I have owned a copy of this book since before I was on Goodreads, and it’s been on my “TBR” even longer than that. (I no longer remember how I used to keep track of books I wanted to read before Goodreads.) It was also one of the first books I pulled out of my TBR Jar for 2022, and really, it was about time. And it was fun! A little weird, a little nonsensical (and whimsical), but fun.
There are two short stories in this slim little book, although really I think “Farmer Giles of Ham,” the second of the two, is more novella-length. Both are what Tolkien himself would have called “fairy-stories”, and both are very obviously written for children. People call The Hobbit a children’s book, in that Tolkien created it as a bedtime story for his son Christopher, but The Hobbit has precise worldbuilding and consistently follows the in-universe rules Tolkien created for himself. It is situated in a very firm date and place. These two stories are not. If you think about either of them for too long, the worldbuilding in both makes less and less sense. Little kids don’t care about that kind of thing.
“Smith of Wootton Major” is the story of a boy who swallows a faery star as a child, and what happens to him after. This was cute, but makes the least sense, because you have to buy in to the premise that the King of Faery would a) Disguise himself as a teenaged boy, b) Willingly become an apprentice, and then put up with having a dolt of a master for seven years, and c) Spend fifty years living as a human with no companionship just so he can cook for some humans for a while. Tolkien’s storytelling is playful, but it probably won’t stick with me.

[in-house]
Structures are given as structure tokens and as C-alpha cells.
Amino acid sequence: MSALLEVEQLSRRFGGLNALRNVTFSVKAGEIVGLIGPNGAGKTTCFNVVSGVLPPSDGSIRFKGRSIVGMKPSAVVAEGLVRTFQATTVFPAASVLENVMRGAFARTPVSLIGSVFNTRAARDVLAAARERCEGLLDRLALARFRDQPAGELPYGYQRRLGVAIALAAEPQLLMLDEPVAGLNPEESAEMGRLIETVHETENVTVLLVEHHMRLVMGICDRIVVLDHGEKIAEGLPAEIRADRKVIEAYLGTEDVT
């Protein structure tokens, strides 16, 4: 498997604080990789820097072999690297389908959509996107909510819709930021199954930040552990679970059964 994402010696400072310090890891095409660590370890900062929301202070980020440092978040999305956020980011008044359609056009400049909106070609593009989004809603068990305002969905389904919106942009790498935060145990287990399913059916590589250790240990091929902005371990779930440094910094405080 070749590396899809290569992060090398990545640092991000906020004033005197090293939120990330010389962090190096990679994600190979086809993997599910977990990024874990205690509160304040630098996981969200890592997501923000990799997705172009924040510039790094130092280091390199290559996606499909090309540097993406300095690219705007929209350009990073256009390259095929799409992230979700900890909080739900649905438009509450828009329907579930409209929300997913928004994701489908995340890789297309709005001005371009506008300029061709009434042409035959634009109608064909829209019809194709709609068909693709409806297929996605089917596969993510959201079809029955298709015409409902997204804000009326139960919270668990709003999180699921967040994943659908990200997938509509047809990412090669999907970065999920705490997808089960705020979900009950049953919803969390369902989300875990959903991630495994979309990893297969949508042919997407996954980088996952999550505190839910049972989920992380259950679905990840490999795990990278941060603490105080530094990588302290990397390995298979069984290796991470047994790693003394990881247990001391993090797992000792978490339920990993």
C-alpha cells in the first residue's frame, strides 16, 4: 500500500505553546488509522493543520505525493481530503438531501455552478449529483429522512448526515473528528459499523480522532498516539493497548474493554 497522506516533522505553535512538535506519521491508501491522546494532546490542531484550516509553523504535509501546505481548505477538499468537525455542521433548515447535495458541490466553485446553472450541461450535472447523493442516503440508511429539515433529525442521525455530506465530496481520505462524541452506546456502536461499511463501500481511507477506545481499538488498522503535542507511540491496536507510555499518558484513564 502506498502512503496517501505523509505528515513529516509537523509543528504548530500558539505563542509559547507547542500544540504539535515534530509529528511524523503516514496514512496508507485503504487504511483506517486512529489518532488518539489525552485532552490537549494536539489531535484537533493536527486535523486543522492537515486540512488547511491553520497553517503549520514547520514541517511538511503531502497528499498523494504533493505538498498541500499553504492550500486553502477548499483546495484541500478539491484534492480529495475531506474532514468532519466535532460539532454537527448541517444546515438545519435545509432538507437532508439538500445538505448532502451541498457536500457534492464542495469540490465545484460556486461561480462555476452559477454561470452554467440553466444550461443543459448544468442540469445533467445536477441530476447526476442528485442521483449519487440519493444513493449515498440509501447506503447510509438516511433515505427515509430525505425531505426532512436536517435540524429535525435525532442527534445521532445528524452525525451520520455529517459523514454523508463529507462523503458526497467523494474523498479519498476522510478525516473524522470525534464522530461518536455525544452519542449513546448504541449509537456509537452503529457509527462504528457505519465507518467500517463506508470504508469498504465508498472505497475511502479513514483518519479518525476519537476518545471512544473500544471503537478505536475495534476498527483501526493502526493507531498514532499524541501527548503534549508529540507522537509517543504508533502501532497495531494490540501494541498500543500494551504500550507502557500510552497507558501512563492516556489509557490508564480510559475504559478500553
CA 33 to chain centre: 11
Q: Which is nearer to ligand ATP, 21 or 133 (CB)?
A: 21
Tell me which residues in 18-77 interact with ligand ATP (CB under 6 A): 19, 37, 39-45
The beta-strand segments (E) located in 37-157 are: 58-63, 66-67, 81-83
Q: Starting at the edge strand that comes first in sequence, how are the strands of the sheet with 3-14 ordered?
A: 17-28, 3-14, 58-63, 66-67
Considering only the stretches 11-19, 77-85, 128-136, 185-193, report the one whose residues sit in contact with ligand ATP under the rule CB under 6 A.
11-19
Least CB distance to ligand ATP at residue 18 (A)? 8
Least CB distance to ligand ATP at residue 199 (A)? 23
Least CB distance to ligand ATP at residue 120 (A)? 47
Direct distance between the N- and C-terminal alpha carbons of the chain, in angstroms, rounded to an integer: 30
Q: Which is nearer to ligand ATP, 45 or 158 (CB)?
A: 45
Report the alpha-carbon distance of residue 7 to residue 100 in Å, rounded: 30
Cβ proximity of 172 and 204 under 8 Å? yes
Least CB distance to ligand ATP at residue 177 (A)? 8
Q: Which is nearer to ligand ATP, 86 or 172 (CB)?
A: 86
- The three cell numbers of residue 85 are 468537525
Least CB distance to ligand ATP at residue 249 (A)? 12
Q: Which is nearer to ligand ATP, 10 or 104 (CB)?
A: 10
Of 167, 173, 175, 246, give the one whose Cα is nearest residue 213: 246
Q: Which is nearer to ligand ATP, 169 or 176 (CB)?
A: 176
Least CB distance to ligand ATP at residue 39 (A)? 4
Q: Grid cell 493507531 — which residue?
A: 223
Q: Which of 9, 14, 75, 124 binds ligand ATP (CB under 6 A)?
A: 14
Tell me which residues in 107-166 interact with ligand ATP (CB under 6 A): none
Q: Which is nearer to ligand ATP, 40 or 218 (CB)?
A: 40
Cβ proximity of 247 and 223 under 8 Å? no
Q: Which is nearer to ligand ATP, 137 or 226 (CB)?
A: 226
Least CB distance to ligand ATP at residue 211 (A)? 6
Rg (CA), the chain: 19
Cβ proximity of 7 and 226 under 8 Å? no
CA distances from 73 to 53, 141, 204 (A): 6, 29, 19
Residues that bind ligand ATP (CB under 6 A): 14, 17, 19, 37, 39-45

“Farmer Giles of Ham” is a much more fleshed-out, and better constructed story, even if it is set in the past in our world in some unspecified time where firearms were a thing but somehow it was also still the middle ages, and dogs could talk and there are dragons and giants and things. Makes no sense. Farmer Giles (whose real name is Ægidius Ahenobarbus Julius Agricola de Hammo, translated as Giles Redbeard Julius, Farmer of Ham, even though this book is supposed to be set before Britain was conquered by Rome, they still speak Latin, whatever at this point) is talked into helping to slay a dragon after a series of circumstances leads the village and surroundings to believe him a hero. He mostly falls into everything and isn’t very cunning, so the story is less fun than it could have been. Also, his dog can talk, but he and his wife are mean to it, kicking it and throwing things and beating it, so fuck that. I was confused if I was supposed to be rooting for him or what. Tolkien liked dogs as far as I know. ¯\_(ツ)_/¯
Anyway, glad I finally read this, but I have already traded in my copy to my local used bookstore.